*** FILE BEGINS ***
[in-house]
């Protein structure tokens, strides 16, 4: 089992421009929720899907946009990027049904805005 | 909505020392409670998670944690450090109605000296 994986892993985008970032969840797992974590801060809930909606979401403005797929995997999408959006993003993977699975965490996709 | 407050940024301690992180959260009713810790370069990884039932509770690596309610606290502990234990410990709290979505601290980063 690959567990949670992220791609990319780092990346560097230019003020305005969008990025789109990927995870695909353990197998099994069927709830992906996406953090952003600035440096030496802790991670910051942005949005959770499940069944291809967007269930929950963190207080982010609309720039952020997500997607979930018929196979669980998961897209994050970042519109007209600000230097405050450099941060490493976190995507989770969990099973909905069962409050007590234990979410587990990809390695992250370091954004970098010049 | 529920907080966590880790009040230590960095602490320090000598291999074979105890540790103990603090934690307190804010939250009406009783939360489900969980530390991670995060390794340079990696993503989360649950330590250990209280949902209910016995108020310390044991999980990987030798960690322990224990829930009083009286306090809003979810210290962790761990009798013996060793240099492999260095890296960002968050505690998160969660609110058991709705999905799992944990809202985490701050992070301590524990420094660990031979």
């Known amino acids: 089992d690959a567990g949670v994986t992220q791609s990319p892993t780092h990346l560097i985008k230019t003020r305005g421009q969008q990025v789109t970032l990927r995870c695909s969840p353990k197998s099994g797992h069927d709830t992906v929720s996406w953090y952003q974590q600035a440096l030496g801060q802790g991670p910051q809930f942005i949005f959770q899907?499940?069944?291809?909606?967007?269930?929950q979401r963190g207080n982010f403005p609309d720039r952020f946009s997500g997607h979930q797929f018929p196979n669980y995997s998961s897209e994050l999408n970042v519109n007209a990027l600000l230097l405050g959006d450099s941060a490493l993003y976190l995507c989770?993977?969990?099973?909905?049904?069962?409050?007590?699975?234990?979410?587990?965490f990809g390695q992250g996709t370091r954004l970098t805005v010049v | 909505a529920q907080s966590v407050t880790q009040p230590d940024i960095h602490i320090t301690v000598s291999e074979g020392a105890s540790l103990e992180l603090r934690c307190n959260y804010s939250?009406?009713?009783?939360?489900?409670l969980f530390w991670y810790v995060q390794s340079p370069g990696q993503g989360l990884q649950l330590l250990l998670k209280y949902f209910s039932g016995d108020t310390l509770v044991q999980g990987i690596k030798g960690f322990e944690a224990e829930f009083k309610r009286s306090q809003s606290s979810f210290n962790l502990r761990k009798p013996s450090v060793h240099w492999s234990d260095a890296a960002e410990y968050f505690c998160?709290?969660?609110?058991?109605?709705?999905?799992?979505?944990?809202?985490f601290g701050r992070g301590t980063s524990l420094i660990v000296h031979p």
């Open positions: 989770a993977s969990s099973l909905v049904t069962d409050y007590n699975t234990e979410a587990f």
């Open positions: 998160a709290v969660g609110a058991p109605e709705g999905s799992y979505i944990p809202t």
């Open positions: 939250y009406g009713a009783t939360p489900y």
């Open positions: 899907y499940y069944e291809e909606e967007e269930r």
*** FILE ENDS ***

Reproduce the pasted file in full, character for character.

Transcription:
[in-house]
């Protein structure tokens, strides 16, 4: 089992421009929720899907946009990027049904805005 | 909505020392409670998670944690450090109605000296 994986892993985008970032969840797992974590801060809930909606979401403005797929995997999408959006993003993977699975965490996709 | 407050940024301690992180959260009713810790370069990884039932509770690596309610606290502990234990410990709290979505601290980063 690959567990949670992220791609990319780092990346560097230019003020305005969008990025789109990927995870695909353990197998099994069927709830992906996406953090952003600035440096030496802790991670910051942005949005959770499940069944291809967007269930929950963190207080982010609309720039952020997500997607979930018929196979669980998961897209994050970042519109007209600000230097405050450099941060490493976190995507989770969990099973909905069962409050007590234990979410587990990809390695992250370091954004970098010049 | 529920907080966590880790009040230590960095602490320090000598291999074979105890540790103990603090934690307190804010939250009406009783939360489900969980530390991670995060390794340079990696993503989360649950330590250990209280949902209910016995108020310390044991999980990987030798960690322990224990829930009083009286306090809003979810210290962790761990009798013996060793240099492999260095890296960002968050505690998160969660609110058991709705999905799992944990809202985490701050992070301590524990420094660990031979």
């Known amino acids: 089992d690959a567990g949670v994986t992220q791609s990319p892993t780092h990346l560097i985008k230019t003020r305005g421009q969008q990025v789109t970032l990927r995870c695909s969840p353990k197998s099994g797992h069927d709830t992906v929720s996406w953090y952003q974590q600035a440096l030496g801060q802790g991670p910051q809930f942005i949005f959770q899907?499940?069944?291809?909606?967007?269930?929950q979401r963190g207080n982010f403005p609309d720039r952020f946009s997500g997607h979930q797929f018929p196979n669980y995997s998961s897209e994050l999408n970042v519109n007209a990027l600000l230097l405050g959006d450099s941060a490493l993003y976190l995507c989770?993977?969990?099973?909905?049904?069962?409050?007590?699975?234990?979410?587990?965490f990809g390695q992250g996709t370091r954004l970098t805005v010049v | 909505a529920q907080s966590v407050t880790q009040p230590d940024i960095h602490i320090t301690v000598s291999e074979g020392a105890s540790l103990e992180l603090r934690c307190n959260y804010s939250?009406?009713?009783?939360?489900?409670l969980f530390w991670y810790v995060q390794s340079p370069g990696q993503g989360l990884q649950l330590l250990l998670k209280y949902f209910s039932g016995d108020t310390l509770v044991q999980g990987i690596k030798g960690f322990e944690a224990e829930f009083k309610r009286s306090q809003s606290s979810f210290n962790l502990r761990k009798p013996s450090v060793h240099w492999s234990d260095a890296a960002e410990y968050f505690c998160?709290?969660?609110?058991?109605?709705?999905?799992?979505?944990?809202?985490f601290g701050r992070g301590t980063s524990l420094i660990v000296h031979p």
């Open positions: 989770a993977s969990s099973l909905v049904t069962d409050y007590n699975t234990e979410a587990f």
């Open positions: 998160a709290v969660g609110a058991p109605e709705g999905s799992y979505i944990p809202t």
């Open positions: 939250y009406g009713a009783t939360p489900y």
């Open positions: 899907y499940y069944e291809e909606e967007e269930r």